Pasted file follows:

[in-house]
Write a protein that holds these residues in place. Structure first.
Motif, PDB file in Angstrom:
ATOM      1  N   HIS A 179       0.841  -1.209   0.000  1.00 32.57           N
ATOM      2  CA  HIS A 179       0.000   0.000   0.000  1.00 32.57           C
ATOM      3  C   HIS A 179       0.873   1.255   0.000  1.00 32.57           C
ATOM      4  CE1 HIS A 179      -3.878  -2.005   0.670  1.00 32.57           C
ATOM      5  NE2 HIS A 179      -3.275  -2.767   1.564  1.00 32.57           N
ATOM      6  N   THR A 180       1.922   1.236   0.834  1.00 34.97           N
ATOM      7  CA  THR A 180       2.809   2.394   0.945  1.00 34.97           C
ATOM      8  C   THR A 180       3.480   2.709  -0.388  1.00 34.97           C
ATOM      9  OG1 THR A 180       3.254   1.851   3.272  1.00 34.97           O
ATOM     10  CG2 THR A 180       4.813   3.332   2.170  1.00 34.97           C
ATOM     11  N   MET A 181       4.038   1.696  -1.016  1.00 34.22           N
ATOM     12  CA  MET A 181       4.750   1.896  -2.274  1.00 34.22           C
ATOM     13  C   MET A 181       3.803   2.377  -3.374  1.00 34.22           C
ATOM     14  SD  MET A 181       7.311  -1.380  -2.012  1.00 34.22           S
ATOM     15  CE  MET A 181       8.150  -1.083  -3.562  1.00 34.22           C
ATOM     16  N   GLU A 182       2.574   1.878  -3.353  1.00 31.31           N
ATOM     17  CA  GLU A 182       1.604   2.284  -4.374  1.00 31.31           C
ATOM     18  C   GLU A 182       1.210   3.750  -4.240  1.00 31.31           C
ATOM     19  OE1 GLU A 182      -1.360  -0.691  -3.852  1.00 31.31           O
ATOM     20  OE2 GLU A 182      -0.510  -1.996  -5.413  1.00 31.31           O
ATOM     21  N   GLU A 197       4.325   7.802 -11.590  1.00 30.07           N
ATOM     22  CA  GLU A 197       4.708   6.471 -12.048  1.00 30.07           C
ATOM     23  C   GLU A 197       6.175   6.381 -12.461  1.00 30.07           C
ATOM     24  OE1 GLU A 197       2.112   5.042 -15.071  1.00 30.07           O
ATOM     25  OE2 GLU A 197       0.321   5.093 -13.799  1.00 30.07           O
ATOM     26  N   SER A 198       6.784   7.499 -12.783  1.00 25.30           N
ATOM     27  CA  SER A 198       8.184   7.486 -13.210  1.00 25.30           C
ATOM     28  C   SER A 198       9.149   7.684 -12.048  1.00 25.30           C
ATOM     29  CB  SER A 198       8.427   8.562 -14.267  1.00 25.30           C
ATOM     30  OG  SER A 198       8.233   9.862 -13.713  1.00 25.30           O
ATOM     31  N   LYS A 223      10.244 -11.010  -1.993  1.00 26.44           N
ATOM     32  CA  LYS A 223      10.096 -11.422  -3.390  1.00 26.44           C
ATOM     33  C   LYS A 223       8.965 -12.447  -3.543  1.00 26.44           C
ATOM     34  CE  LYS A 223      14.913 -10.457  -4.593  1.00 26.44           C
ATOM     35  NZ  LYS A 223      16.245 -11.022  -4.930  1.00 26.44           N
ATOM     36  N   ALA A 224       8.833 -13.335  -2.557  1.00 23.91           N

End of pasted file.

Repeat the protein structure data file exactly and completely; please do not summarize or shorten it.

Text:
[in-house]
Write a protein that holds these residues in place. Structure first.
Motif, PDB file in Angstrom:
ATOM      1  N   HIS A 179       0.841  -1.209   0.000  1.00 32.57           N
ATOM      2  CA  HIS A 179       0.000   0.000   0.000  1.00 32.57           C
ATOM      3  C   HIS A 179       0.873   1.255   0.000  1.00 32.57           C
ATOM      4  CE1 HIS A 179      -3.878  -2.005   0.670  1.00 32.57           C
ATOM      5  NE2 HIS A 179      -3.275  -2.767   1.564  1.00 32.57           N
ATOM      6  N   THR A 180       1.922   1.236   0.834  1.00 34.97           N
ATOM      7  CA  THR A 180       2.809   2.394   0.945  1.00 34.97           C
ATOM      8  C   THR A 180       3.480   2.709  -0.388  1.00 34.97           C
ATOM      9  OG1 THR A 180       3.254   1.851   3.272  1.00 34.97           O
ATOM     10  CG2 THR A 180       4.813   3.332   2.170  1.00 34.97           C
ATOM     11  N   MET A 181       4.038   1.696  -1.016  1.00 34.22           N
ATOM     12  CA  MET A 181       4.750   1.896  -2.274  1.00 34.22           C
ATOM     13  C   MET A 181       3.803   2.377  -3.374  1.00 34.22           C
ATOM     14  SD  MET A 181       7.311  -1.380  -2.012  1.00 34.22           S
ATOM     15  CE  MET A 181       8.150  -1.083  -3.562  1.00 34.22           C
ATOM     16  N   GLU A 182       2.574   1.878  -3.353  1.00 31.31           N
ATOM     17  CA  GLU A 182       1.604   2.284  -4.374  1.00 31.31           C
ATOM     18  C   GLU A 182       1.210   3.750  -4.240  1.00 31.31           C
ATOM     19  OE1 GLU A 182      -1.360  -0.691  -3.852  1.00 31.31           O
ATOM     20  OE2 GLU A 182      -0.510  -1.996  -5.413  1.00 31.31           O
ATOM     21  N   GLU A 197       4.325   7.802 -11.590  1.00 30.07           N
ATOM     22  CA  GLU A 197       4.708   6.471 -12.048  1.00 30.07           C
ATOM     23  C   GLU A 197       6.175   6.381 -12.461  1.00 30.07           C
ATOM     24  OE1 GLU A 197       2.112   5.042 -15.071  1.00 30.07           O
ATOM     25  OE2 GLU A 197       0.321   5.093 -13.799  1.00 30.07           O
ATOM     26  N   SER A 198       6.784   7.499 -12.783  1.00 25.30           N
ATOM     27  CA  SER A 198       8.184   7.486 -13.210  1.00 25.30           C
ATOM     28  C   SER A 198       9.149   7.684 -12.048  1.00 25.30           C
ATOM     29  CB  SER A 198       8.427   8.562 -14.267  1.00 25.30           C
ATOM     30  OG  SER A 198       8.233   9.862 -13.713  1.00 25.30           O
ATOM     31  N   LYS A 223      10.244 -11.010  -1.993  1.00 26.44           N
ATOM     32  CA  LYS A 223      10.096 -11.422  -3.390  1.00 26.44           C
ATOM     33  C   LYS A 223       8.965 -12.447  -3.543  1.00 26.44           C
ATOM     34  CE  LYS A 223      14.913 -10.457  -4.593  1.00 26.44           C
ATOM     35  NZ  LYS A 223      16.245 -11.022  -4.930  1.00 26.44           N
ATOM     36  N   ALA A 224       8.833 -13.335  -2.557  1.00 23.91           N